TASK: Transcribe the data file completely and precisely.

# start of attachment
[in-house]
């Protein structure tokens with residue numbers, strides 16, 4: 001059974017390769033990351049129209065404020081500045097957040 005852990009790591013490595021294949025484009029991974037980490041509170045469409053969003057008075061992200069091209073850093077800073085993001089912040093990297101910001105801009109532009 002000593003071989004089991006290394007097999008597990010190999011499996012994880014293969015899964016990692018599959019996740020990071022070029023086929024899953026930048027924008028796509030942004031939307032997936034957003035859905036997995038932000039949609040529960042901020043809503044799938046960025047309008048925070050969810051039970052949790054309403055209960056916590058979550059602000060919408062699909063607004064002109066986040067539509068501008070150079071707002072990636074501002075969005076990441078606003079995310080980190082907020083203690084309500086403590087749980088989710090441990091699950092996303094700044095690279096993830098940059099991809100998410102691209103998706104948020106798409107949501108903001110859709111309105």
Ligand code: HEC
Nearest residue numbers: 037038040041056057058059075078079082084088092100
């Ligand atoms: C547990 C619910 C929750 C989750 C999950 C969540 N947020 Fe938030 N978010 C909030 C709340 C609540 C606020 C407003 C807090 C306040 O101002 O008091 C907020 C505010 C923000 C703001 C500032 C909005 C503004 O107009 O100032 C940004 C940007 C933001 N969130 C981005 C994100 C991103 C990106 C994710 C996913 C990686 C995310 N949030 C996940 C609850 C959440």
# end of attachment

[in-house]
């Protein structure tokens with residue numbers, strides 16, 4: 001059974017390769033990351049129209065404020081500045097957040 005852990009790591013490595021294949025484009029991974037980490041509170045469409053969003057008075061992200069091209073850093077800073085993001089912040093990297101910001105801009109532009 002000593003071989004089991006290394007097999008597990010190999011499996012994880014293969015899964016990692018599959019996740020990071022070029023086929024899953026930048027924008028796509030942004031939307032997936034957003035859905036997995038932000039949609040529960042901020043809503044799938046960025047309008048925070050969810051039970052949790054309403055209960056916590058979550059602000060919408062699909063607004064002109066986040067539509068501008070150079071707002072990636074501002075969005076990441078606003079995310080980190082907020083203690084309500086403590087749980088989710090441990091699950092996303094700044095690279096993830098940059099991809100998410102691209103998706104948020106798409107949501108903001110859709111309105």
Ligand code: HEC
Nearest residue numbers: 037038040041056057058059075078079082084088092100
């Ligand atoms: C547990 C619910 C929750 C989750 C999950 C969540 N947020 Fe938030 N978010 C909030 C709340 C609540 C606020 C407003 C807090 C306040 O101002 O008091 C907020 C505010 C923000 C703001 C500032 C909005 C503004 O107009 O100032 C940004 C940007 C933001 N969130 C981005 C994100 C991103 C990106 C994710 C996913 C990686 C995310 N949030 C996940 C609850 C959440």